I pulled into Slab City, a squatter community in California, at around midnight. I wasn’t entirely comfortable with camping overnight, to be honest. How had I ended up there, of all places?
Rewind an hour, I’d stopped for gas well after sundown towards the end of my 10-hour drive down from the top of Arizona to Slab City, and walked in to speak to the attendant.
“Pardon me for asking this, but is there anywhere with cheaper gas around here?”
The friendly attendant, a talkative man in his mid-50s, agreed it was overpriced and said it wouldn’t get any cheaper as I headed farther away from civilization.
“Lots of folks around here who have fallen on hard times are considering moving to Slab City,” he added.
“Oh, I thought it was just the Salvation Mountain art installation out there. There’s a town too? ” I asked.
He gave me a little grin and said, “It’s the last free place in America.”
I was on my way to see Salvation Mountain. It’s all I knew was out there. It’s the main attraction for most visitors to Slab City, and I had wanted to see it for years but never really had a reason to go all the way over to Imperial County, located almost 200 miles southeast of Los Angeles.
Which is about 100 miles past nowhere, to be exact.
I would come to find that Slab City is a community of the misunderstood and the outcasts using what’s been left behind and rejected by others to create a free society that operates nearly independently of the rest of the world.
It felt like entering a new dimension.
I pulled into a pitch black Slab City and turned off my high beams. The tar road turned to dirt and after a few minutes I pulled off into the spot I’d found on the free camping website.
I had spent the entire week prior to arriving in Slab City free camping in Utah’s public lands but this felt different. This felt disquieting.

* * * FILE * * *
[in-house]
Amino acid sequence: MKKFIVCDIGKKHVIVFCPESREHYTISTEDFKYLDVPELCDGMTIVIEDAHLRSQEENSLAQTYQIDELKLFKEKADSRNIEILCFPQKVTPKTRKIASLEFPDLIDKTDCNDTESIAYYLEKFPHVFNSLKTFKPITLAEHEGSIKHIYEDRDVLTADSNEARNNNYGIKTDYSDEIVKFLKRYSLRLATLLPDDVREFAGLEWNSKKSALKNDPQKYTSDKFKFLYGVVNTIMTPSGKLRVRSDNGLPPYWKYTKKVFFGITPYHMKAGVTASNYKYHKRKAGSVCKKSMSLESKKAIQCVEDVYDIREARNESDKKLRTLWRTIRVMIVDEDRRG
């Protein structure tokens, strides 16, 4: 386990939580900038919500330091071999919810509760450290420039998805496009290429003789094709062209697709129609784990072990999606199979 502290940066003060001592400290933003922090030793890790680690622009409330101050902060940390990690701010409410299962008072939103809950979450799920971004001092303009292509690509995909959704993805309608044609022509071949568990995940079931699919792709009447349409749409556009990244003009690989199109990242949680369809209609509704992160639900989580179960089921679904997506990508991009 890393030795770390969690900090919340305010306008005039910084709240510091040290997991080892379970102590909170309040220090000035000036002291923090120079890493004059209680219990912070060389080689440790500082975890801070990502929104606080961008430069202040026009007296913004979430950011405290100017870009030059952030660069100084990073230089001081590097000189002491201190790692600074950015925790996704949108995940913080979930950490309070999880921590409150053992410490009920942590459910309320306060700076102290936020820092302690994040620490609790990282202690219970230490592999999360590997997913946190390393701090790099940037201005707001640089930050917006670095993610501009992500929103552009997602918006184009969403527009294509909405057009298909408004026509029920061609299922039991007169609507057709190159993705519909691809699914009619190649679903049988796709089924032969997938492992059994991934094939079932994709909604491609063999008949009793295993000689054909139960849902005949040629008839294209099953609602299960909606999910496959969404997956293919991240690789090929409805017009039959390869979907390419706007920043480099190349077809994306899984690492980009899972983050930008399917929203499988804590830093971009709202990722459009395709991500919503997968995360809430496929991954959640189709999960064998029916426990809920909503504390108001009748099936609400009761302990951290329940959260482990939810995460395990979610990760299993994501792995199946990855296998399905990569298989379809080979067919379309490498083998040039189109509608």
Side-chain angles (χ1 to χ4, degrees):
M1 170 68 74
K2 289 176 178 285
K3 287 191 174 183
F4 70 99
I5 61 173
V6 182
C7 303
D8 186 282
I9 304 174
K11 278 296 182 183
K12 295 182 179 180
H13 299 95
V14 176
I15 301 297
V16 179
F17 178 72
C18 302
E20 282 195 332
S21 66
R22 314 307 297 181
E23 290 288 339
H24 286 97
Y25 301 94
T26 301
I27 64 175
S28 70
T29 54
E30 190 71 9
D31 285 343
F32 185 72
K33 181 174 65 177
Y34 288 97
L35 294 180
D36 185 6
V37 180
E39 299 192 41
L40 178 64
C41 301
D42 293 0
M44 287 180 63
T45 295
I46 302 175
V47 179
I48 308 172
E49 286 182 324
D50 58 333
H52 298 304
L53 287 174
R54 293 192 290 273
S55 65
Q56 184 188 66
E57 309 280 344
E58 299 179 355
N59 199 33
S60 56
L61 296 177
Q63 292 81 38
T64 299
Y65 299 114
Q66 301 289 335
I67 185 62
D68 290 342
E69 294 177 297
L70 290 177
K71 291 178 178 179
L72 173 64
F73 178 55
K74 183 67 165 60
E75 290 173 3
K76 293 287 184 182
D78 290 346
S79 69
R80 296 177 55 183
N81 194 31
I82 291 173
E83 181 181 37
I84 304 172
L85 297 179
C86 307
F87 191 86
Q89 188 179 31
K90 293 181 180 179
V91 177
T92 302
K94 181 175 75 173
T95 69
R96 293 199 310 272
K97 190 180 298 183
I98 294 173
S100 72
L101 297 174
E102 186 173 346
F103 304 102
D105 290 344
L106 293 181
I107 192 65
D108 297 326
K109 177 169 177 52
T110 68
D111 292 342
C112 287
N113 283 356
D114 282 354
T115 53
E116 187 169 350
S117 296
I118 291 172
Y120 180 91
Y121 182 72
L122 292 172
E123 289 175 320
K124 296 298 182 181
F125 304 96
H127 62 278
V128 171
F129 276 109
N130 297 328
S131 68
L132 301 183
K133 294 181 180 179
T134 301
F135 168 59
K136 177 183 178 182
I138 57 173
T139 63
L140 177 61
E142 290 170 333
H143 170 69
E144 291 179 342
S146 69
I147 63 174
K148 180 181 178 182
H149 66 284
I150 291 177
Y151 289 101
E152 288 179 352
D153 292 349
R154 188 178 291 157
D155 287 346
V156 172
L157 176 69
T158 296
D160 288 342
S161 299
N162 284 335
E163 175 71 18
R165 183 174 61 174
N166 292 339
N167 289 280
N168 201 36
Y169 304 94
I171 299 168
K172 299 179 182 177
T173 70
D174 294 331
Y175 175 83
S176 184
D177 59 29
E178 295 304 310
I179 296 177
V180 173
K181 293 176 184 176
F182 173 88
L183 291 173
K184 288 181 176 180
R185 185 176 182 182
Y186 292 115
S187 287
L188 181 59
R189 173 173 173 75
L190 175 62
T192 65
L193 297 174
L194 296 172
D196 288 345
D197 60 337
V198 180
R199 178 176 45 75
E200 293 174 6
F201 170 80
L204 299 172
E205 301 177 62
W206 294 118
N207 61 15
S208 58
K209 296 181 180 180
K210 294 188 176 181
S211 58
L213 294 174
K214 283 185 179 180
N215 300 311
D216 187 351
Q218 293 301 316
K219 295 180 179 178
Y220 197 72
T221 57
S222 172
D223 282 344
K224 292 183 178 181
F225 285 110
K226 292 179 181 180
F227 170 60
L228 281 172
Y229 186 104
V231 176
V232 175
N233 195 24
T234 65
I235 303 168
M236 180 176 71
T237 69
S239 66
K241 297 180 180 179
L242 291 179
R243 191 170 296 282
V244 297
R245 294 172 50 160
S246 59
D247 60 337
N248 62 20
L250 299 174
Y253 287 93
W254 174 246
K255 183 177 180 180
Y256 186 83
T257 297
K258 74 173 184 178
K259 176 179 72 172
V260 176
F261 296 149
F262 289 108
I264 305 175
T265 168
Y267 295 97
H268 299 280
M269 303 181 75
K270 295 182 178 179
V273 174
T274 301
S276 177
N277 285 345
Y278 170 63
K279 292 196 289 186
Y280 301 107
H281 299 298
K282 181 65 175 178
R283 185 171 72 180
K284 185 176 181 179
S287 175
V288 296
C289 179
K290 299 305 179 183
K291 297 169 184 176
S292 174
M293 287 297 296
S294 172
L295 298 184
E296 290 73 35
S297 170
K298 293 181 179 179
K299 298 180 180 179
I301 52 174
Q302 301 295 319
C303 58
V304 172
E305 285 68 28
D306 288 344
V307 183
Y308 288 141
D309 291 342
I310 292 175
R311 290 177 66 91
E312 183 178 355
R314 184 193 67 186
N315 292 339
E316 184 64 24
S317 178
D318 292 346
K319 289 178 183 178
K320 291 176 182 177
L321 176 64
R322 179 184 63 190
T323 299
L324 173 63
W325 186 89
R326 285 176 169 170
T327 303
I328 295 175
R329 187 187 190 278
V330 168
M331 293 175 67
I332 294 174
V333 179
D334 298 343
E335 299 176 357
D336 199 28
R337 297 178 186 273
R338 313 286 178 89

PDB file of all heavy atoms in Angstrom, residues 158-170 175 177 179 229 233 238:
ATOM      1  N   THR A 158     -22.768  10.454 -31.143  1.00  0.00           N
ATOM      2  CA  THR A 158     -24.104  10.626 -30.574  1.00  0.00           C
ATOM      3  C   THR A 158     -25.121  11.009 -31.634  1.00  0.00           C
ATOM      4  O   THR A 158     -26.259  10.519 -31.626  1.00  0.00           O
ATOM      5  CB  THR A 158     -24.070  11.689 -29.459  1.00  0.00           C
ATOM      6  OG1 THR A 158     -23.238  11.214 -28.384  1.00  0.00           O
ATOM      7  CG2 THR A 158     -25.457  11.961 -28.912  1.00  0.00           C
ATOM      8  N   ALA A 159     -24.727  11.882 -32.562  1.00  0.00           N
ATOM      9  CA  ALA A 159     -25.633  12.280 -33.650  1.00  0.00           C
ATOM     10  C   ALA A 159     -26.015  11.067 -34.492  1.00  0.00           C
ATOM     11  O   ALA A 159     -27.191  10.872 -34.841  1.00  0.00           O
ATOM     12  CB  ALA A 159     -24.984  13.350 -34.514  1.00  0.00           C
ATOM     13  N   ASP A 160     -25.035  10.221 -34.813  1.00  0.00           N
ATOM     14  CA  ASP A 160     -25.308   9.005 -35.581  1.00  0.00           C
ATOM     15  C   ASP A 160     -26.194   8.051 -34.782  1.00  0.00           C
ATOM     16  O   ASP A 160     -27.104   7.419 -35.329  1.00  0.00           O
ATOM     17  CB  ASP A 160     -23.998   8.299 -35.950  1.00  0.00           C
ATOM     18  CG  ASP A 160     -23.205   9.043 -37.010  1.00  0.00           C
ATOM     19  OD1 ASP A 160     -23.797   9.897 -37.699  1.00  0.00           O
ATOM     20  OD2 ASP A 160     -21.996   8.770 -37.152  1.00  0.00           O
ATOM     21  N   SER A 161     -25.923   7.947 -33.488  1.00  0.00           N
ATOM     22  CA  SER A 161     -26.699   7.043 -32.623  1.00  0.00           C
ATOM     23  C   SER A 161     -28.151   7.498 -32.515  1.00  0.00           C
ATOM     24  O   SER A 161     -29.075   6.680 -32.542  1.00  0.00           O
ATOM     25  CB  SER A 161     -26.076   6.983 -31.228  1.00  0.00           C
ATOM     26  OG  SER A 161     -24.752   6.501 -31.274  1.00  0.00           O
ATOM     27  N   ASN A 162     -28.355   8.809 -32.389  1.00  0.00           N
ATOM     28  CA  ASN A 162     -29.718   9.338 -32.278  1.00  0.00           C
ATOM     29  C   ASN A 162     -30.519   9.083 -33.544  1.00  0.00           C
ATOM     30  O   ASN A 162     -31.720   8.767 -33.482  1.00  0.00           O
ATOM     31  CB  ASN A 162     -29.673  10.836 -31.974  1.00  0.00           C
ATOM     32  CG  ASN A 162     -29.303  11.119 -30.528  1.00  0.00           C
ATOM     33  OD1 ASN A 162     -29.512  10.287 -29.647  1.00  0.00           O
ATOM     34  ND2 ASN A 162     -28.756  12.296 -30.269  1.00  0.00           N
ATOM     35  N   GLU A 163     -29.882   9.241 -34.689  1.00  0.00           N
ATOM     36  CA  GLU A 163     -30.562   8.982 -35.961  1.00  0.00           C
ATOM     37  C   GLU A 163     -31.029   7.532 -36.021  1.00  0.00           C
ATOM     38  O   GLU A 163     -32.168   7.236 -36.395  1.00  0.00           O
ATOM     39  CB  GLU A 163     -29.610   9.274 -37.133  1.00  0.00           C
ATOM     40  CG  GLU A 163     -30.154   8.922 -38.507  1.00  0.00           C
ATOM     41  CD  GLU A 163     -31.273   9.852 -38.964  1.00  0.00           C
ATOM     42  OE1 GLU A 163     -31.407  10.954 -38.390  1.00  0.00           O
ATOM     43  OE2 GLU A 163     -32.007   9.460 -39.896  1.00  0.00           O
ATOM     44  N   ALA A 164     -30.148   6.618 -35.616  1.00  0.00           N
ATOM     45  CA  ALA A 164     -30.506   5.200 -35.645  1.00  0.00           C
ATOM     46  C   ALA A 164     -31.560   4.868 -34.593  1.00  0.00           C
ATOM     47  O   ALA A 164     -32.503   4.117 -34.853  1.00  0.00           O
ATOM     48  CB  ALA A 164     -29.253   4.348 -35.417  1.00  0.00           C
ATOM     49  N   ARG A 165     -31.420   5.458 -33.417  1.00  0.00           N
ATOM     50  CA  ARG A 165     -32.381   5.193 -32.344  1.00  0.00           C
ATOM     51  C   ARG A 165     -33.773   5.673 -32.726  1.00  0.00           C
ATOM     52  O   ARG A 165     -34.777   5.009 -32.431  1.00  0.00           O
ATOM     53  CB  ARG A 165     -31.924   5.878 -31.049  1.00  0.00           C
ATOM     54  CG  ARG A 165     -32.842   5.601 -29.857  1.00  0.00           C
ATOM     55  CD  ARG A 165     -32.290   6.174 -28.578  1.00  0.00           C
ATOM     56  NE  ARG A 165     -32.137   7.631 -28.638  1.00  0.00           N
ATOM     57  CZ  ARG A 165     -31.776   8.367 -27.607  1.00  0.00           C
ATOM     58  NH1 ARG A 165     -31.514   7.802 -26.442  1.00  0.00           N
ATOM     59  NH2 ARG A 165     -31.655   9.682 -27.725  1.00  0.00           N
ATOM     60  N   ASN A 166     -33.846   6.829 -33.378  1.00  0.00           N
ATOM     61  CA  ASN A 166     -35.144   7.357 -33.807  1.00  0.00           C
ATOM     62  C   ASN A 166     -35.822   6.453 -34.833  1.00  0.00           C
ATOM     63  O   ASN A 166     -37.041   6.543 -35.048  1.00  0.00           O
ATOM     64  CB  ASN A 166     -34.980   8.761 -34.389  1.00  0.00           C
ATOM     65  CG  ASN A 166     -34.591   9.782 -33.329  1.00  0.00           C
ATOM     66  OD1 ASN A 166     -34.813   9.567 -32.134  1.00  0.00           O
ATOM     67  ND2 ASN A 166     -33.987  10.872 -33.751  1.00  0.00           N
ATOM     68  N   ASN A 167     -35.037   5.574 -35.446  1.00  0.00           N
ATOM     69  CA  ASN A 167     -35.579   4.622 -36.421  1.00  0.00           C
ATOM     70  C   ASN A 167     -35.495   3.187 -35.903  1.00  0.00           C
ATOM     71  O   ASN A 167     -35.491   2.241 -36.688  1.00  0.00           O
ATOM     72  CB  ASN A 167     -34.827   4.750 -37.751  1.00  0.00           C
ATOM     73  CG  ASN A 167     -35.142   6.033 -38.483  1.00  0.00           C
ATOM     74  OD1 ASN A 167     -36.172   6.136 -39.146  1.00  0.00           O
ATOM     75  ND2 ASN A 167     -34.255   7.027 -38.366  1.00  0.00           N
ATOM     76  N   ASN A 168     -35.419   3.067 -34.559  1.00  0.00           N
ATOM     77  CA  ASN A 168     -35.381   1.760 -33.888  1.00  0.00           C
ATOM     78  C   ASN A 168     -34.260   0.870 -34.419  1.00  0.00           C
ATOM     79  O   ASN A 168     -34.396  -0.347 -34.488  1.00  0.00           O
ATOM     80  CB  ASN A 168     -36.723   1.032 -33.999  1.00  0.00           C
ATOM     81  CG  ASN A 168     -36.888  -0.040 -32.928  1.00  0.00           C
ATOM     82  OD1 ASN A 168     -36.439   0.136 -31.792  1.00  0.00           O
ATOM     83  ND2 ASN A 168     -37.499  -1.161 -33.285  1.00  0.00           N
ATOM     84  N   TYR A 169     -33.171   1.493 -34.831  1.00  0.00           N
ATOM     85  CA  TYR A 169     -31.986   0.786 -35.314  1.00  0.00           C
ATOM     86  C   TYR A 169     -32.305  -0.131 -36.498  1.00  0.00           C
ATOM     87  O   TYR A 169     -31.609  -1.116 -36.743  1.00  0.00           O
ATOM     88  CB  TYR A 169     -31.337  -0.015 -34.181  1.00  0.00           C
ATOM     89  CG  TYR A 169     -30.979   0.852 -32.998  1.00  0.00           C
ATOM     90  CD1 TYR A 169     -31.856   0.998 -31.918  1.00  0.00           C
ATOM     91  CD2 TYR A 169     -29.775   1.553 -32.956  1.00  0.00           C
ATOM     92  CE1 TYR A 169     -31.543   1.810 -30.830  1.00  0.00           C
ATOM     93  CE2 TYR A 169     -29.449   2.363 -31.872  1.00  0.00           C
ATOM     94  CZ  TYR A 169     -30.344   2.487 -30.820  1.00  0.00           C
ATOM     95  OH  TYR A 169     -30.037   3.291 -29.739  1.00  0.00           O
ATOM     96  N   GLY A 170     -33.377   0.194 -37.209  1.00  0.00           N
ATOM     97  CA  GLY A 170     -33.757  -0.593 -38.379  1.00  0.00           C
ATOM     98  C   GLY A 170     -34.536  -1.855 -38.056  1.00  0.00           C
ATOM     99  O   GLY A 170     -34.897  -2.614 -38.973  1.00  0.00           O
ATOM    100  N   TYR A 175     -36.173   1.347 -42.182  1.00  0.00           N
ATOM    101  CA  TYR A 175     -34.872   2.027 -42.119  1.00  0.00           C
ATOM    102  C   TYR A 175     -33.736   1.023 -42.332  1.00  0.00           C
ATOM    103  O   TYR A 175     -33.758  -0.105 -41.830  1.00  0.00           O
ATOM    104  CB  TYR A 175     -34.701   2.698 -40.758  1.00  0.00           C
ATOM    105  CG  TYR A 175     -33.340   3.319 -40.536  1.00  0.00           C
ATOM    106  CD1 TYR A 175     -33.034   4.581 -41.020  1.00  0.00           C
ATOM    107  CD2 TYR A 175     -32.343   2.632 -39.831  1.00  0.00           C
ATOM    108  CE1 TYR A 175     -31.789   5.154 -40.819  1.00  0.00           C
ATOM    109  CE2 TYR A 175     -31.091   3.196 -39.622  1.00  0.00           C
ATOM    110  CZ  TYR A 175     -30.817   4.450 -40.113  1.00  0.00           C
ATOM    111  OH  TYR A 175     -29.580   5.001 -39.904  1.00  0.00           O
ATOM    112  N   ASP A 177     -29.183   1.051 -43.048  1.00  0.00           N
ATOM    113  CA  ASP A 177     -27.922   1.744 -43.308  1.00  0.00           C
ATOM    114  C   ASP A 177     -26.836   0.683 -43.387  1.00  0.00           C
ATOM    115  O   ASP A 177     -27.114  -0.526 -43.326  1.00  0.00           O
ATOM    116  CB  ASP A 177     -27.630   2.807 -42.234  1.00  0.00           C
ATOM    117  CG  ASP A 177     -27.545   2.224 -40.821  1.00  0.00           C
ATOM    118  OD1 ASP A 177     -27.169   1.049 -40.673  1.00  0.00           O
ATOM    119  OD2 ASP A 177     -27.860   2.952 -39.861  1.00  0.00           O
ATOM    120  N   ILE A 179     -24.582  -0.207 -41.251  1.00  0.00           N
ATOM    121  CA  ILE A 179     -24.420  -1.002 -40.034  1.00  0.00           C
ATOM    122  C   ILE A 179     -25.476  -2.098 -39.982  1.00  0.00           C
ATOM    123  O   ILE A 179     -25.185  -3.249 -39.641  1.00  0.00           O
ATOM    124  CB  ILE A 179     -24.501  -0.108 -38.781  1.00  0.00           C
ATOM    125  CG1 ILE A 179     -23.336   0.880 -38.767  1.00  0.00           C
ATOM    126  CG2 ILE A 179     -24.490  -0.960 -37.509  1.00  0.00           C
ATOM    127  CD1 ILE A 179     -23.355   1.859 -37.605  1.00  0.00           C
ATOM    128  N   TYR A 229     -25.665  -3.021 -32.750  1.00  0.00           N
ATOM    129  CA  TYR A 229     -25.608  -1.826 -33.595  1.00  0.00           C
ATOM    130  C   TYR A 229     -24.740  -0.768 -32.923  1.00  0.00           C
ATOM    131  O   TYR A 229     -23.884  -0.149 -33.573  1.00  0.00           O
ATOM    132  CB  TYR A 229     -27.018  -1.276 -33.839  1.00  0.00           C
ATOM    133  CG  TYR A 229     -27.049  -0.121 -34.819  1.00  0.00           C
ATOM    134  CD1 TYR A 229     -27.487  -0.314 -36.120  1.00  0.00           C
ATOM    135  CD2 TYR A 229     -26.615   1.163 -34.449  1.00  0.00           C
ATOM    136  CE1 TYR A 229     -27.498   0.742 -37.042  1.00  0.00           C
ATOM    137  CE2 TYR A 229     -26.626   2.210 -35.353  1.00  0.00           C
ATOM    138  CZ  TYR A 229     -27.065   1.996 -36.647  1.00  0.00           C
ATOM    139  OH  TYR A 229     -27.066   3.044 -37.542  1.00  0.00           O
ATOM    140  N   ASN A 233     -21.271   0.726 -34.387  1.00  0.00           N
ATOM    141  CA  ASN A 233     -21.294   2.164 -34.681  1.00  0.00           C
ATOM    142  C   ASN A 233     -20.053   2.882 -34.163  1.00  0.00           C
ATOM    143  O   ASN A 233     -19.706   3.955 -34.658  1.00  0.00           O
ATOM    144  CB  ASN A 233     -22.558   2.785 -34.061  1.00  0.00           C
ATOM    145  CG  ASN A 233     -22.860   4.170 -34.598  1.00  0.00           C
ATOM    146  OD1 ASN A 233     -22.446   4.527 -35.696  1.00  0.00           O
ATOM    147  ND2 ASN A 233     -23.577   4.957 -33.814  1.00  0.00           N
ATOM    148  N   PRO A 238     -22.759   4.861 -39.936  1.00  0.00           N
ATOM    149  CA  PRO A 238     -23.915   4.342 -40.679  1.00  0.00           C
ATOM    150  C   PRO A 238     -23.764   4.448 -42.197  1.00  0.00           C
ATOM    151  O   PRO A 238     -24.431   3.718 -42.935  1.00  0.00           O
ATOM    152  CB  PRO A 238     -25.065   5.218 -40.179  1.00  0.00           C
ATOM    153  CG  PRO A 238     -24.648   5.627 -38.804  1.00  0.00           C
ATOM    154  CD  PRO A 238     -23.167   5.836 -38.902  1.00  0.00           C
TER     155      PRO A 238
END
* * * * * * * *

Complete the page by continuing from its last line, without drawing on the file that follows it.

The next morning I awoke at the crack of dawn. After a restless sleep I headed back down the dirt road to Salvation Mountain. I wanted to see it without anyone else around!
The oppressive sun, already radiating down an incredible amount of heat at 5am, beamed down that day with a vengeance. The land is dry, barren, and scorching.
I pulled up to Salvation Mountain and felt as though I’d walked into the Candy Land board game.
Little striped cats followed me around. Cheshire cats, perhaps?
Salvation Mountain was created by US Army veteran Leonard Knight using sand, junkyard items, wood, and old tires he scavenged from the surrounding area. He built it using Navajo building methods with adobe, sticks and lead-free paint. It features the sinner’s prayer front and center, which was Knight’s inspiration.
His devotion to Christianity happened later in his life, at around age 35 when one day he had an epiphany while repeating the sinner’s prayer. To him it was simple; accept Jesus into your heart, repent your sins, and be saved. He spent many years after that trying to spread the message and while various churches rejected him. They said that he was oversimplifying things.
His first artistic attempt to spread his ideas was a hot air balloon, but after several attempts to take flight, he admitted defeat and got to work on what would be his life’s greatest creation, and the project that he would finish out his days on: Salvation Mountain.
It is clear everywhere you look that his enthusiasm and dedication never waned.
This isn’t just for Christians, though. The artistic style is something that I think anyone could find appealing.